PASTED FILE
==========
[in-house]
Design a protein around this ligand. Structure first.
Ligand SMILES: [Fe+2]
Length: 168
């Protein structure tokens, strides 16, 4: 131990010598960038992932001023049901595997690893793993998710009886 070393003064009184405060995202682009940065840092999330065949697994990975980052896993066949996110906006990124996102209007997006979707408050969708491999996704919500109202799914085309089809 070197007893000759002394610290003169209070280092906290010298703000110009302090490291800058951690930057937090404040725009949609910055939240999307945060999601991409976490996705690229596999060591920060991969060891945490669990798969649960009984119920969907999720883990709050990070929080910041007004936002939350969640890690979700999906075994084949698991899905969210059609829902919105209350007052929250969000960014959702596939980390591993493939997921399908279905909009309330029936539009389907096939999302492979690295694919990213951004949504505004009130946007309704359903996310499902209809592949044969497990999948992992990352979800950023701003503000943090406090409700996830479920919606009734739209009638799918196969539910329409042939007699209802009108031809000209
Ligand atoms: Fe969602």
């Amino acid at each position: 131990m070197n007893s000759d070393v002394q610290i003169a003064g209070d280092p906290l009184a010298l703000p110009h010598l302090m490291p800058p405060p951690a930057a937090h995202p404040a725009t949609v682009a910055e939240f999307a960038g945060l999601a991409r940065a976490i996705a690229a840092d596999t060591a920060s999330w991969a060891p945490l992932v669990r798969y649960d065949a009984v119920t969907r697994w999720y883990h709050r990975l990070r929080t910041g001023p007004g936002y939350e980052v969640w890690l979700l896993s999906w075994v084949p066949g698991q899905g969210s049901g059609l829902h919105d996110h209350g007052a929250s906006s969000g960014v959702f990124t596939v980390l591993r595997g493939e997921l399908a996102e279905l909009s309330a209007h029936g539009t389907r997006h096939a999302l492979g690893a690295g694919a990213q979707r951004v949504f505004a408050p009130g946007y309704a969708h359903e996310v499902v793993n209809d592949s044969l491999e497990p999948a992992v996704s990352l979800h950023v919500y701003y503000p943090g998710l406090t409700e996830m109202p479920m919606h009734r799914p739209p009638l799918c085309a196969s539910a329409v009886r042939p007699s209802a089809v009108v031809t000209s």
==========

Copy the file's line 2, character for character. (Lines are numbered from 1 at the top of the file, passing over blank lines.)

Design a protein around this ligand. Structure first.